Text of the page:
0
$\begingroup$

Suppose we have a system S and the relationship between $x(t)$ and $y(t)$ is $y(t) = x(t)+1$

However despite the fact the system is made of linear operators the system is not linear.How is this possible?

Can we have a system made of nonlinear operation but the system becomes linear?

$\endgroup$
4
  • 1
    $\begingroup$ Adding a constant is not a linear map. It's affine. Your specific system is easily seen to be non-linear as it maps 0 to something other than 0. $\endgroup$
    – Jazzmaniac
    Commented Sep 8, 2022 at 22:15
  • $\begingroup$ What is a linear map , please explain. $\endgroup$
    – Miss Mulan
    Commented Sep 8, 2022 at 22:17
  • $\begingroup$ en.wikipedia.org/wiki/Linear_map $\endgroup$
    – Jazzmaniac
    Commented Sep 9, 2022 at 7:15
  • 2
    $\begingroup$ Sorry, but I'll be repeating my previous comment: you are not going to learn this stuff by asking one basic question at a time. Maybe something like allsignalprocessing.com/lessons/… ? $\endgroup$
    – Hilmar
    Commented Sep 9, 2022 at 12:11

3 Answers 3

3
$\begingroup$

This system may cause a hallucination because of its similarity to the algebraic equation $y = x + 1 $ which is a linear one indeed as stated in the wikipedia link to System_of_linear_equations

However, signal processing defines linearity according to system theory which defines linearity as an input-output relationship (a.k.a. mapping) possesed by a system $T\{\}$ so that

$$ T\{ a ~x_1(t) + b ~x_2(t) \} = a ~T\{ x_1(t) \} + b ~T\{ x_2(t) \} \tag{1}$$

is satisfied for every input $x_1,x_2$ and every complex constants $a,b$.

One can easily verify that Eq.1 is not satisfied by a system whose input output relation is: $y(t) = x(t) + 1$, simply because of the fixed-constant $1$ present at the output for any input, even for $x(t) = 0$ for all $t$.

Note that this system is also called incrementally linear, which can be very easily linearized, so that another system defined as $y_2(t) = y(t) -1 = x(t)$ will be linear.

$\endgroup$
4
  • $\begingroup$ "... also called incrementally linear ..." or "affine" -- I'm pretty sure they mean the same thing. $\endgroup$
    – TimWescott
    Commented Sep 9, 2022 at 0:26
  • $\begingroup$ @TimWescott affine if you prefer a mathematical jargon, incrementally linear if signal processing... I prefer the latter, as the affine may refer to different mathematical constructs than system input-output relations. $\endgroup$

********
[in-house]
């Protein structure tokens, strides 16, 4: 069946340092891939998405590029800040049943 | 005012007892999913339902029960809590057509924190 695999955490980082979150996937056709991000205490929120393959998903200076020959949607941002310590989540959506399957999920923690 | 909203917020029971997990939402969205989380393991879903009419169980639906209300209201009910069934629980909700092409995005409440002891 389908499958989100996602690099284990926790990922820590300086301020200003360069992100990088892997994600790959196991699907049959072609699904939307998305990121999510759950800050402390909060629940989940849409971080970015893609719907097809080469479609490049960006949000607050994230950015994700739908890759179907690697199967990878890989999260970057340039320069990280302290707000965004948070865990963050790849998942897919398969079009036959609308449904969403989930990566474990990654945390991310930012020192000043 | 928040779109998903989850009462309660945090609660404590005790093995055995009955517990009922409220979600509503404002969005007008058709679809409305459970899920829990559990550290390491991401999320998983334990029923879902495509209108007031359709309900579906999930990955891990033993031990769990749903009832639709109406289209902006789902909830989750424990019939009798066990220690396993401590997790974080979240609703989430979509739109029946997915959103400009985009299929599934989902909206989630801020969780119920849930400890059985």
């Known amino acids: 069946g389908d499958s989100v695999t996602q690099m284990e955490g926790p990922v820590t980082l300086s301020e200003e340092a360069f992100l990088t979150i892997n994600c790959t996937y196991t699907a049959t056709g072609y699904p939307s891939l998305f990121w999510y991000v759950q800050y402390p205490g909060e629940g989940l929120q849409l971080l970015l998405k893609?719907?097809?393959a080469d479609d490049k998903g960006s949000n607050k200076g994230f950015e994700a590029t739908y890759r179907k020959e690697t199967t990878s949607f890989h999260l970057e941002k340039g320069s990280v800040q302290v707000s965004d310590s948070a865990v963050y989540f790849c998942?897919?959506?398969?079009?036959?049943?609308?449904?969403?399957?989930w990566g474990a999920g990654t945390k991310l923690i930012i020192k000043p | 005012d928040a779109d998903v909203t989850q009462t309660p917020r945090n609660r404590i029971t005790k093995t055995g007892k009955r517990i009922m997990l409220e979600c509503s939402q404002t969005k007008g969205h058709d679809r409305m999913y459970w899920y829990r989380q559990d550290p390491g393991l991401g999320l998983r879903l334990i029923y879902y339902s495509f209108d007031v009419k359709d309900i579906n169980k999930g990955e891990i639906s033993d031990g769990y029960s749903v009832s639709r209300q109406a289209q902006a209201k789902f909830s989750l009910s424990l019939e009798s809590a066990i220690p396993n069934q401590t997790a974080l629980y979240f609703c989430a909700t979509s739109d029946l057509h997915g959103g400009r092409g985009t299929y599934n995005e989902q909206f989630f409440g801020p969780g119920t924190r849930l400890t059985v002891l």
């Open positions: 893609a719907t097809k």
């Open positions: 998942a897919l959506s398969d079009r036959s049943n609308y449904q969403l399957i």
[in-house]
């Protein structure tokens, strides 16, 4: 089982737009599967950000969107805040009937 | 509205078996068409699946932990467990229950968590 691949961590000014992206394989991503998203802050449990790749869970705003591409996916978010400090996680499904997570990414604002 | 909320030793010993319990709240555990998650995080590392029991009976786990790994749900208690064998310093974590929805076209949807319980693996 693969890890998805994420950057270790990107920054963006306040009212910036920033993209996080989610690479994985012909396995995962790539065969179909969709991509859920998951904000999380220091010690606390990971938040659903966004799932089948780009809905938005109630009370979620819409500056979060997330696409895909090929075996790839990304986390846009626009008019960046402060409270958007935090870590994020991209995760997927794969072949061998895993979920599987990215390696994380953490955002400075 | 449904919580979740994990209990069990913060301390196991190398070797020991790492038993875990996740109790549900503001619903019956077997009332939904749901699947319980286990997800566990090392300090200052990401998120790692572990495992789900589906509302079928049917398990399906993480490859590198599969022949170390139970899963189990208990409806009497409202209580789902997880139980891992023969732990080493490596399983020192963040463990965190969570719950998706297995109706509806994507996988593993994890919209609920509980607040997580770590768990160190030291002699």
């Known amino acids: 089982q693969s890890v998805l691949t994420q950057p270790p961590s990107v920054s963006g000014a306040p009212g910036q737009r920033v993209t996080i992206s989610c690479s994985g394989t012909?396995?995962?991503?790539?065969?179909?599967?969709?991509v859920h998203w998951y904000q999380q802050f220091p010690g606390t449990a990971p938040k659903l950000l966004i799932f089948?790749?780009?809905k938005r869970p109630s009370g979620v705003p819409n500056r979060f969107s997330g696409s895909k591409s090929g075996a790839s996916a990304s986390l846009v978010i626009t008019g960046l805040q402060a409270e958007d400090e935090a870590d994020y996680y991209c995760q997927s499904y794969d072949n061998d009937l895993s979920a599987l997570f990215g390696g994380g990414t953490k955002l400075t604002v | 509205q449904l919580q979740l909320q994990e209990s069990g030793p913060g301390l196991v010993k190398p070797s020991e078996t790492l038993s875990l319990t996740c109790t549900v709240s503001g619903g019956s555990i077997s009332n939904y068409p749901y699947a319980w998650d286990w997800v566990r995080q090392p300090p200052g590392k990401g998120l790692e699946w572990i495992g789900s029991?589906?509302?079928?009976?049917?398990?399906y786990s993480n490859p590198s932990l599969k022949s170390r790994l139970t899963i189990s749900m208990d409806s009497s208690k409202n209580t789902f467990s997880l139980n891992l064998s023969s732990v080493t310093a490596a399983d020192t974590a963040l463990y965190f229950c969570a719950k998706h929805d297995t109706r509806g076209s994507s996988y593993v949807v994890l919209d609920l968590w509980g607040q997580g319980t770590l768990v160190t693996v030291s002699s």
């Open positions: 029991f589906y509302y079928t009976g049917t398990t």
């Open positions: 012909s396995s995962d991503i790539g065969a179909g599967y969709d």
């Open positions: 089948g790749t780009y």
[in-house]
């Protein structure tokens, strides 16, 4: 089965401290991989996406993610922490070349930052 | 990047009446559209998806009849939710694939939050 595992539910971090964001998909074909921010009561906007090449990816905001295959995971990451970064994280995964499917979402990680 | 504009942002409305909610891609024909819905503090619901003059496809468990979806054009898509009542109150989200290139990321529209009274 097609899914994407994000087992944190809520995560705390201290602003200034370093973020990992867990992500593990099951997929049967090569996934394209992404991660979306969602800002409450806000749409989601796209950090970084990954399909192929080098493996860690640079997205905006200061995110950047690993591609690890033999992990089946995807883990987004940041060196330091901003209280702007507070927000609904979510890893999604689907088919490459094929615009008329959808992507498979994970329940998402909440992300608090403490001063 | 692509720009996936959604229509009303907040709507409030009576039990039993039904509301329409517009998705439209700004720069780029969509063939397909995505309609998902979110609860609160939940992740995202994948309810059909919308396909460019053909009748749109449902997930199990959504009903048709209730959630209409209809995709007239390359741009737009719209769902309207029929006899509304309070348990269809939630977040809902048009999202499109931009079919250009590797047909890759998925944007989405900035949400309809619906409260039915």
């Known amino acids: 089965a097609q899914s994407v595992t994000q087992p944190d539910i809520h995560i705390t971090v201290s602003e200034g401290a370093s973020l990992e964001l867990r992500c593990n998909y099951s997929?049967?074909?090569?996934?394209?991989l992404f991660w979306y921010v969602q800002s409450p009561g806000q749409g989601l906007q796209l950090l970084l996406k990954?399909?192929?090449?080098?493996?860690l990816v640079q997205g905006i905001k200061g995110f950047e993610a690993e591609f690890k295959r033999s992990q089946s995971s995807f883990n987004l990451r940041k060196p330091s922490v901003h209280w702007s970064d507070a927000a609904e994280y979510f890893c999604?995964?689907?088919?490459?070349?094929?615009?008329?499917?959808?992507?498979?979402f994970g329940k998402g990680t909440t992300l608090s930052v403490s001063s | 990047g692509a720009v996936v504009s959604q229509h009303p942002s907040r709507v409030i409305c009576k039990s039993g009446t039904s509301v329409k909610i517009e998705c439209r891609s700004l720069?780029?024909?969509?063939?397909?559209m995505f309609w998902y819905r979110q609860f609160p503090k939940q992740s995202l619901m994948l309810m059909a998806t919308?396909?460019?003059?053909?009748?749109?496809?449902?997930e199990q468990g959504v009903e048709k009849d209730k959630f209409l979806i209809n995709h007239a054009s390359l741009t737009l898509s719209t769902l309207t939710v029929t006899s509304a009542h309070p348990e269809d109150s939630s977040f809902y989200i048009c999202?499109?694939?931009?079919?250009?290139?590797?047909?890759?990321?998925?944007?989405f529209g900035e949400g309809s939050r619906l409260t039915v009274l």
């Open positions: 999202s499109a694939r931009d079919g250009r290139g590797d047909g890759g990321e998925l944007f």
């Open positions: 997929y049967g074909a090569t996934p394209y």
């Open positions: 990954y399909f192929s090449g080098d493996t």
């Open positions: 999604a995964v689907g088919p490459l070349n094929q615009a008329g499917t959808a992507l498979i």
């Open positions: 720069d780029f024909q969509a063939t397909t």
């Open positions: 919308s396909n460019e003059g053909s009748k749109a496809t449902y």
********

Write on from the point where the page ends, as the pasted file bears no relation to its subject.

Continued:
– Fat32
    Commented Sep 9, 2022 at 0:43
  • $\begingroup$ It doesn't matter if you call it an algebraic equation or not, $y=x+1$ is not linear. Its graph in a cartesian coordinate system is a line, but that's not the same thing as the equation being linear. $\endgroup$
    – Jazzmaniac
    Commented Sep 9, 2022 at 7:13
  • 1
    $\begingroup$ @Jazzmaniac $$y - x = 1 \\ y + x = 2 $$ is a set of linear equations. $\endgroup$
    – Fat32
    Commented Sep 9, 2022 at 15:03
3
$\begingroup$

A linear system means that the system's output should scale with the input, and the system's output should combine given two inputs. Look at the scaling property, you scale the input and this results in an output:

$$ y_1(t)=\alpha x(t)+1 $$

and now we need to test is this equal to just scaling the output by $\alpha$? No, it is not because if you simply scaled the output the result is:

$$ \alpha y(t)=\alpha (x(t)+1)=\alpha x(t)+\alpha $$

Since $y_1(t) \neq \alpha y(t)$, this is enough to say the system is non-linear and you can do another similar experiment to show the summing of two inputs does not give you the sum of the two outputs. Here is the result of combining two inputs:

$$ y'(t)=(x_1(t)+x_2(t))+1 $$

and here is the result of combining two outputs:

$$ y_1(t)+y_2(t)=x_1(t)+1+x_2(t)+1=x_1(t)+x_2(t)+2 $$

Since $y_1(t)+y_2(t) \neq y'(t)$, the system does not have the combining property either.

$\endgroup$
1
$\begingroup$

Paraphrasing Fat32’s answer: in signal processing, and other linear systems contexts, a linear system is one that satisfies superposition.

One component of superposition is homogeneity: for the system

$$y = f(x)$$

we must have that

$$f(0) = 0$$

Screenshot from linked page:

Homogeneity explanation.

$\endgroup$

Your Answer

By clicking “Post Your Answer”, you agree to our terms of service and acknowledge you have read our privacy policy.

Not the answer you're looking for? Browse other questions tagged or ask your own question.